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Every three years, the Federal Reserve conducts a Survey of Consumer Finances in which they collect data across all economic and social groups. The latest survey, which includes data from 2010-2013, reports that a homeowner's net worth is 36 times greater than that of a renter ($194,500 vs. $5,400). In a Forbes article, the National Association of Realtors' (NAR) Chief Economist Lawrence Yun predicts that by the end of 2016, the net worth gap will widen even further to 45 times greater. The graph below demonstrates the results of the last two Federal Reserve studies and Yun's prediction:
Put Your Housing Cost to Work for You
As we've said before, simply put, homeownership is a form of 'forced savings.' Every time you pay your mortgage, you are contributing to your net worth. Every time you pay your rent, you are contributing to your landlord's net worth. The latest National Housing Pulse Survey from NAR reveals that 85% of consumers believe that purchasing a home is a good financial decision. Yun comments: "Though there will always be discussion about whether to buy or rent, or whether the stock market offers a bigger return than real estate, the reality is that homeowners steadily build wealth. The simplest math shouldn't be overlooked."
If you are interested in finding out if you could put your housing cost to work for you by purchasing a home, meet with a real estate professional in your area who can guide you through the process.
You may have heard that the Federal Reserve raised rates last week... But what does that mean if you are looking to buy a home in the near future? Many in the housing industry have predicted that the Federal Open Market Committee (FOMC), the policy-making arm of the Federal Reserve, would vote to raise the federal fund's target rate at their December meeting. For only the second time in a decade, this is exactly what happened. There were many factors that contributed to the 0.25 point increase (from 0.50 to 0.75), but many are pointing to the latest jobs report and low unemployment rate (4.6%) as the main reason. Tim Manni, Mortgage Expert at Nerd Wallet, had this to say,
"Homebuyers shouldn't be particularly concerned with [last week's] Fed move. Even with rates hovering over 4 percent, they're still historically low. Most market observers are expecting a gradual rise in home loan rates in the near term, anticipating mortgage rates to stay under 5 percent through 2017."
Only time will tell what the long-term impact of the rate hike will be, but in the short term, there should be no reason for alarm.
According to a recent analysis by CoreLogic, Millennial renters (aged 20-34) who have student loan debt also have higher credit scores than those who do not have student loans. This may come as a surprise, as there is so much talk about student loans burdening Millennials and holding them back from many milestones that previous generations have been able to achieve (i.e. homeownership, investing for retirement). CoreLogic used the information provided on rental applications and the applicants' credit history from credit bureaus to determine if there was a correlation between student loan debt and credit scores. The analysis concluded that:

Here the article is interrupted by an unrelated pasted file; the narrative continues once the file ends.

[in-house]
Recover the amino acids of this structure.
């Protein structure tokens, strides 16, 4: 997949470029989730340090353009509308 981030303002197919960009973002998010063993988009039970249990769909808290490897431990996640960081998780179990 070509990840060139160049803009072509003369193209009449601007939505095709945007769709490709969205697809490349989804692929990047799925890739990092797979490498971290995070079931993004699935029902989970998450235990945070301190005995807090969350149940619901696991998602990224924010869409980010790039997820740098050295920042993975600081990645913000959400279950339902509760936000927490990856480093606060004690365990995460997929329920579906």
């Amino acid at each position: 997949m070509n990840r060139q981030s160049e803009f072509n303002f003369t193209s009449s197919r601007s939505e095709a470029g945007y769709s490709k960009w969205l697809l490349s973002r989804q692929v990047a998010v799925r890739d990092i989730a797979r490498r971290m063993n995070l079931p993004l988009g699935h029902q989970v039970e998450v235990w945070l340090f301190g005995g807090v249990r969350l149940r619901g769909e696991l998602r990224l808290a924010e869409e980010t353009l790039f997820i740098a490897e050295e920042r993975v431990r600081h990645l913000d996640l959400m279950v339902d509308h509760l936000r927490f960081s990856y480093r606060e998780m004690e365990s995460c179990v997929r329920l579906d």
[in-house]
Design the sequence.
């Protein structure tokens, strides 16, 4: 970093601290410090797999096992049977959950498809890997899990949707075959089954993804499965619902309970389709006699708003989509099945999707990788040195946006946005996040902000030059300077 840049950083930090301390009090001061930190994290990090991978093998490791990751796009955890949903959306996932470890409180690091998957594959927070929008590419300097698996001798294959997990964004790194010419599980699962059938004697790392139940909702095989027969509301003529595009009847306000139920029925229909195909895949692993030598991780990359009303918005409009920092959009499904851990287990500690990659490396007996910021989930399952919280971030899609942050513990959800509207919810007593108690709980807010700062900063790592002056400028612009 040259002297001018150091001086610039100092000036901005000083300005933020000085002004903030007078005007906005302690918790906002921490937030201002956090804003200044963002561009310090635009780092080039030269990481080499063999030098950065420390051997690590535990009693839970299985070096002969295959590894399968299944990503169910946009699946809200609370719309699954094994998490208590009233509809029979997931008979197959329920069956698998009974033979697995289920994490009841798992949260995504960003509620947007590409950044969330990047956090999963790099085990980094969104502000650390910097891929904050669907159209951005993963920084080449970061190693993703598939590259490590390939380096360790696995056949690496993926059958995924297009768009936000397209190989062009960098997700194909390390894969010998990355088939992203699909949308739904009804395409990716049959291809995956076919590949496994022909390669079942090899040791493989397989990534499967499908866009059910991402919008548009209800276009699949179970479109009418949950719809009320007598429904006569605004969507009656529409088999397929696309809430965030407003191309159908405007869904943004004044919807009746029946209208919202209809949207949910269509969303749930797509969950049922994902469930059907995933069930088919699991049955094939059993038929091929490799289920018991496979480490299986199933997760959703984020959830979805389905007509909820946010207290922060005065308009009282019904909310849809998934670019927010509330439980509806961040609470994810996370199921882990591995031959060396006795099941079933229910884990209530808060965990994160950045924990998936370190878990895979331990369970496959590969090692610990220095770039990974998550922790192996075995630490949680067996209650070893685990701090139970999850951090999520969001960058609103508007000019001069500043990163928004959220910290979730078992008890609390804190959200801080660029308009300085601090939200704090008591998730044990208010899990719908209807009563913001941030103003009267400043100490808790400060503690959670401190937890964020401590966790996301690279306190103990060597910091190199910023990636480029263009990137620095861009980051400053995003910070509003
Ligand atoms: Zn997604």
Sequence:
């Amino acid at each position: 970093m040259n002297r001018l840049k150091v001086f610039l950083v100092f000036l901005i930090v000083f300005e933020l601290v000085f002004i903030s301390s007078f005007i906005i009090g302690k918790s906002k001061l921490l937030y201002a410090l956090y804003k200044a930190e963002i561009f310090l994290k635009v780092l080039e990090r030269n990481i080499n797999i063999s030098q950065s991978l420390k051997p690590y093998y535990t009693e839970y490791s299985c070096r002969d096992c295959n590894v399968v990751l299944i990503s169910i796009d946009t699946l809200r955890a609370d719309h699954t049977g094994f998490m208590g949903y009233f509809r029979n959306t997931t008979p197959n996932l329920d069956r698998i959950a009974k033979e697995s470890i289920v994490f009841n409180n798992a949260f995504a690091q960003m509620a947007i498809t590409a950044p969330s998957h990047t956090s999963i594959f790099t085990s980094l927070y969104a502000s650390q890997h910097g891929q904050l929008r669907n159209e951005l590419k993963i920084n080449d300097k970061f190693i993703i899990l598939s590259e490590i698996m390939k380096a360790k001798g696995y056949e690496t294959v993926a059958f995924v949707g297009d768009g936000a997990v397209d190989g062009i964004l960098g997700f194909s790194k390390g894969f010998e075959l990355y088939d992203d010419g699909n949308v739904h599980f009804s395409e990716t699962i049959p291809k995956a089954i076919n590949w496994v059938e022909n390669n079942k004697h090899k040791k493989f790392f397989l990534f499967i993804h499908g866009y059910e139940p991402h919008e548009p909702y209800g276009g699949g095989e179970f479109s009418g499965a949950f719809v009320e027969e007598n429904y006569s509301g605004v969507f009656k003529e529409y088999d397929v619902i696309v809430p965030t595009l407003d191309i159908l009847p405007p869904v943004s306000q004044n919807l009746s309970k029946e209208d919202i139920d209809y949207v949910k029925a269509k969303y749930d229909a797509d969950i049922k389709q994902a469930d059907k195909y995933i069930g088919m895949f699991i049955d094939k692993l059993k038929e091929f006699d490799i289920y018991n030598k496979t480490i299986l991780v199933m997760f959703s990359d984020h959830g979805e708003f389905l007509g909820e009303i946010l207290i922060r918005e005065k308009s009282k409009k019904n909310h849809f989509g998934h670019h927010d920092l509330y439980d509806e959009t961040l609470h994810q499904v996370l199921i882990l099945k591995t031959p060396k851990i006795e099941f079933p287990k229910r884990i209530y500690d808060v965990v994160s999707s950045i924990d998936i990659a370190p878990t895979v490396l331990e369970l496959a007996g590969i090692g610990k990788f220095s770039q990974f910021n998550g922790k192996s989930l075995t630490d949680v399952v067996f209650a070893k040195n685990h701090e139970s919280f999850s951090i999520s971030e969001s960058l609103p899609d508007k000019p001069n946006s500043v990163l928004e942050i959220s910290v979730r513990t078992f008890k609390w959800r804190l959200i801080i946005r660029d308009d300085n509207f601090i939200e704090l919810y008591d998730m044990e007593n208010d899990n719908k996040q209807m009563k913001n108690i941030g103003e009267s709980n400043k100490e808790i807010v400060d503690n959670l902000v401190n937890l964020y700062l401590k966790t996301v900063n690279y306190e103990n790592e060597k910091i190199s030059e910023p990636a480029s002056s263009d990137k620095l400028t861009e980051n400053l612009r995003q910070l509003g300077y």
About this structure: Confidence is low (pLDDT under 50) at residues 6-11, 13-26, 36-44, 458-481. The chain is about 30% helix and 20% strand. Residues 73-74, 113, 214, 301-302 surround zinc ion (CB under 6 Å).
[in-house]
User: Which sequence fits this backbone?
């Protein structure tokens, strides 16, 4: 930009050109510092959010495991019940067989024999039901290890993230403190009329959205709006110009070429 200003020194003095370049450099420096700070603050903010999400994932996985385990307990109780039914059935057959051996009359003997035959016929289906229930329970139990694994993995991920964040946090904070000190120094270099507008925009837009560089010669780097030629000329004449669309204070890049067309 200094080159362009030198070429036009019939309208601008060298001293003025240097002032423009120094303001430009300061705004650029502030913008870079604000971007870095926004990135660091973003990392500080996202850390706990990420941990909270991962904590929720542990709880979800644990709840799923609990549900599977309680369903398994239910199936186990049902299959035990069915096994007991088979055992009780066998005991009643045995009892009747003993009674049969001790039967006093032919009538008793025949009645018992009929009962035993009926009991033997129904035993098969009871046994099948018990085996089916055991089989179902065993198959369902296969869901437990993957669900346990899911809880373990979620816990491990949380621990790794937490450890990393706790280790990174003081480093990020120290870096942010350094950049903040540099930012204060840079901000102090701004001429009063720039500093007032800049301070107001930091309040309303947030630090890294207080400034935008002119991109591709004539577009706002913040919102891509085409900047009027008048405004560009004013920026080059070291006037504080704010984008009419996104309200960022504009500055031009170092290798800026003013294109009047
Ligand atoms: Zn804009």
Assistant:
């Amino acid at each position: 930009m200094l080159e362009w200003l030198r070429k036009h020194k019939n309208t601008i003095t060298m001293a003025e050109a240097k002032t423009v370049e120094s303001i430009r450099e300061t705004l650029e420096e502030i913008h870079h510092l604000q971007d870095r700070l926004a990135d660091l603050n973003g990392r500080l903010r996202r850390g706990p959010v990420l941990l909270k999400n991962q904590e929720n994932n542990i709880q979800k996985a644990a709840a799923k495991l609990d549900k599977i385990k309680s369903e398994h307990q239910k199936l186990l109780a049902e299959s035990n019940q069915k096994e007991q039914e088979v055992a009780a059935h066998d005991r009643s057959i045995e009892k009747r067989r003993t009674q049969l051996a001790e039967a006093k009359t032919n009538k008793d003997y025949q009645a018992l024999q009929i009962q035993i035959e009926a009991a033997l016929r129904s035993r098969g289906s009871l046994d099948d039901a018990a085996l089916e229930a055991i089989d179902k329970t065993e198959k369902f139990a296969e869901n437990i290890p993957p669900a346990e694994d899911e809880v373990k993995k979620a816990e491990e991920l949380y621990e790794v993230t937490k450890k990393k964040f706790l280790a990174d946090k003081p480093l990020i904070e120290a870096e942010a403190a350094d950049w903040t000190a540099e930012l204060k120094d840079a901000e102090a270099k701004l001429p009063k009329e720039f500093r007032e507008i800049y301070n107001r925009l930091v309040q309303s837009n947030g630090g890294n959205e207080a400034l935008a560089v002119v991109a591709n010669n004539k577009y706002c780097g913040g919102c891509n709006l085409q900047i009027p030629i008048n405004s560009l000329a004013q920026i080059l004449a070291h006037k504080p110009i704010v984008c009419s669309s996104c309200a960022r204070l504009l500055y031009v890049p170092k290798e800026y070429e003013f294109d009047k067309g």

"Student loan debt did not prevent millennials from access to credit even though it may delay their homebuying decisions."
In fact, those with a higher amount of debt actually had higher credit scores.
"Renters with student loan debt have higher average credit scores than those without; and those with higher debt amounts have higher average credit scores than those with lower student loan debt amounts."
Millennials are on pace to become the most educated generation in our nation's history, with that comes a pretty big bill for education. But there is a light at the end of the tunnel:
"Despite the fact that student loan debt has grown into the nation's second largest consumer debt, following mortgage, and has created a significant financial burden for millennials, it does not appear to prevent millennials from accessing credit."
There are some renters who have not yet purchased a home because they are uncomfortable taking on the obligation of a mortgage. Everyone should realize that, unless you are living with your parents rent free, you are paying a mortgage - either yours or your landlord's. As an owner, your mortgage payment is a form of 'forced savings' that allows you to build equity in your home that you can tap into later in life. As a renter, you guarantee your landlord is the person with that equity.
Are you ready to put your housing cost to work for you?
Christina Boyle, Senior Vice President and Head of Single-Family Sales & Relationship Management at Freddie Mac, explains another benefit of securing a mortgage vs. paying rent:
"With a 30-year fixed rate mortgage, you'll have the certainty & stability of knowing what your mortgage payment will be for the next 30 years - unlike rents which will continue to rise over the next three decades."
This holiday season, why not give yourself the gift of homeownership? Lock in your housing costs for the next 30 years and guarantee you are the one building wealth.